Humanist Hero: Arthur C Clarke by Paul S Jenkins
Paul S Jenkins dives into the speculative fiction of futurist and humanist Arthur C Clarke.
As a teenager I was entranced by the writings of Arthur C. Clarke. While Clarke is best known for his collaboration with Stanley Kubrick on the film script for 2001: A Space Odyssey, his interests ranged from the eminently practical to the wildly speculative. He was the first to propose the use of geostationary communications satellites; he was also chairman of the British Interplanetary Society.
When I saw 2001: A Space Odyssey shortly after its 1968 release, I was already an avid consumer of everything Clarke wrote. What initially captivated me was the incomparable sense of wonder pervading his science fiction. Then I came to appreciate the scientific rigour of Clarke’s stories – often his novels contained extensive appendices detailing which parts of the novel were real, present-day science, which parts were science extrapolated just a little bit, and which were pure scientific speculation.
Only later did I become aware of the humanist principles underlying Clarke’s writings, encompassing the vast swathe of humanist concerns – morality, science, nature and the future of human civilisation. Although my favourite of Clarke’s novels will always be The City and the Stars – for the sheer breadth and scope of its imagination – arguably his best novel is Childhood’s End, in which Earth is visited by superior benevolent aliens.
Clarke portrays the arrival of extraterrestrial intelligent life as a monumental event, and one of its consequences is the almost immediate demise of all forms of religion. While this may have been an example of Clarke’s hopes rather than a prediction, he did get to poke a little fun at religious imagery: the aliens take the form of devils, complete with wings, horns and tails. Here Clarke is invoking the idea of species-memory, a theme he used elsewhere – including in 2001: A Space Odyssey – that human evolution has been periodically monitored by extraterrestrial intelligence. So perhaps devils, and even gods, were actually intelligent aliens casually checking up on us over the millennia.
Religious themes are central to two of Clarke’s most celebrated short stories. In “The Star“, Clarke speculates on the origin of the star of Bethlehem, suggesting that it was a supernova explosion, with devastating consequences for its orbiting planets and their intelligent inhabitants. “The Nine Billion Names of God“ explores the impact of information technology on the single-minded academic toil at an isolated monastery – with literally world-shattering effect.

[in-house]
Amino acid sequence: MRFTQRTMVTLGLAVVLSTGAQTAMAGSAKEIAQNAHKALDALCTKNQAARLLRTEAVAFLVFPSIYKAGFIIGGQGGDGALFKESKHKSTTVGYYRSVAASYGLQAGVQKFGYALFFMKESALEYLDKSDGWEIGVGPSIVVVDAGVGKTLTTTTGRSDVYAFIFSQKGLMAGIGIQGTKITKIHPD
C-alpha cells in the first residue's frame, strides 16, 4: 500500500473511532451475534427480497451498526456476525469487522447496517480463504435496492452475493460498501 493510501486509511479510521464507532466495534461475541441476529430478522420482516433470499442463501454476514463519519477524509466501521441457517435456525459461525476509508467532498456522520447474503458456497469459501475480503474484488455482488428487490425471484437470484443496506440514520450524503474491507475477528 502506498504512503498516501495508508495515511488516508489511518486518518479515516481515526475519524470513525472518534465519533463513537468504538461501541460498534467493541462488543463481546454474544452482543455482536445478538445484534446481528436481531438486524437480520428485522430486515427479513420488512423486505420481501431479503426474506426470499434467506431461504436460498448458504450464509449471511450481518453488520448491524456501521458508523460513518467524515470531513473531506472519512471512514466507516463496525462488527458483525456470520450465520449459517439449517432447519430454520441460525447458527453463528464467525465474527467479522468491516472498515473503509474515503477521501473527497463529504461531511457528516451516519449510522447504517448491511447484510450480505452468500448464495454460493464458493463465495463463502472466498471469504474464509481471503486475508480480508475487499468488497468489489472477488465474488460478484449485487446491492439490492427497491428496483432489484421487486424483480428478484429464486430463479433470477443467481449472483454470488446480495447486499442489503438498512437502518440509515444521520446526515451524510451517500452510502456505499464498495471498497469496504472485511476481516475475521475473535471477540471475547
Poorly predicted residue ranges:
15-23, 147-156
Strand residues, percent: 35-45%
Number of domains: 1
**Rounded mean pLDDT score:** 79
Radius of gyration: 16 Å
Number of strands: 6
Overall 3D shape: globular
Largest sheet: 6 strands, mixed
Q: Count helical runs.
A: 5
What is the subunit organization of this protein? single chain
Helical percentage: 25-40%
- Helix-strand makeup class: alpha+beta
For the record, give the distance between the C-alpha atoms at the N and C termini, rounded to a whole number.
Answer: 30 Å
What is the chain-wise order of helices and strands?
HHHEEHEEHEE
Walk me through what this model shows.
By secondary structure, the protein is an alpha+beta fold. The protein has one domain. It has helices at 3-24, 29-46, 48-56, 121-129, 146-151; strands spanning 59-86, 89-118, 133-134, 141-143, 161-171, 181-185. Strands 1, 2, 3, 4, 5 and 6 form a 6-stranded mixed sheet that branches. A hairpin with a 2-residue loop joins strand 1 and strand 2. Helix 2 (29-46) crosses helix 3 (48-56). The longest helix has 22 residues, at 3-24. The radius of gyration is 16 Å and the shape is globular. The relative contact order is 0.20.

As with Childhood’s End, Clarke isn’t saying this is how it is – he’s writing science fiction, or to use its lit-crit euphemism, speculative fiction. He’s exploring the possibilities and their consequences – speculating – without committing to any of them one way or another. Clarke famously put a disclaimer at the beginning of Childhood’s End: “The opinions expressed in this book are not those of the author.” The theme of the novel is that mankind is not destined to explore the universe – a view that Clarke hadn’t expressed previously, and a view he didn’t hold. He believed that science and technology will indeed take the human race to the stars – but that’s not what he says in Childhood’s End. In the novel he says the exact opposite: “The stars are not for man.”
Clarke made liberal use of religious motifs in his fiction, yet he was not a believer in gods, nor scripture. When he was on the BBC Radio 4 phone-in programme It’s Your Line, a caller requested suggestions for what to teach children about origins. “The Genesis story is incorrect,” was Clarke’s no-nonsense reply. In a 1999 interview with Free Inquiry magazine, Clarke stated, “One of the great tragedies of mankind is that morality has been hijacked by religion.”
Though British by birth, Clarke adopted Sri Lanka (formerly Ceylon) as his home, for the simple reason that he loved the place. He was keen on sub-aqua, not least because underwater he could experience a simulacrum of space-travel’s micro-gravity, and he went on to establish a scuba-diving school. On his 90th birthday in December 2007, three months before his death, he released a video expressing his remaining wishes: that evidence for extraterrestrial life be discovered; that humanity cease its dependency on fossil fuels; and that lasting peace be achieved in strife-torn Sri Lanka. To my great joy he also revealed that he wished to be remembered most of all for his writing.
Arthur C. Clarke may not have been the best ever science fiction writer – he was not known for the roundness of his characters, for example. But his stories contain an unsurpassed wonder at the magnificence of the universe, a wonder informed not by gods but by human endeavour, and the belief that our aspirations and our achievements come from within.
You can find out more at www.humanism.org.uk/humanism/humanist-tradition/heroes
Paul S. Jenkins is a writer, erstwhile podcaster, atheist and skeptic, living and working in Hampshire. His blog Notes from an Evil Burnee can be found at evilburnee.co.uk.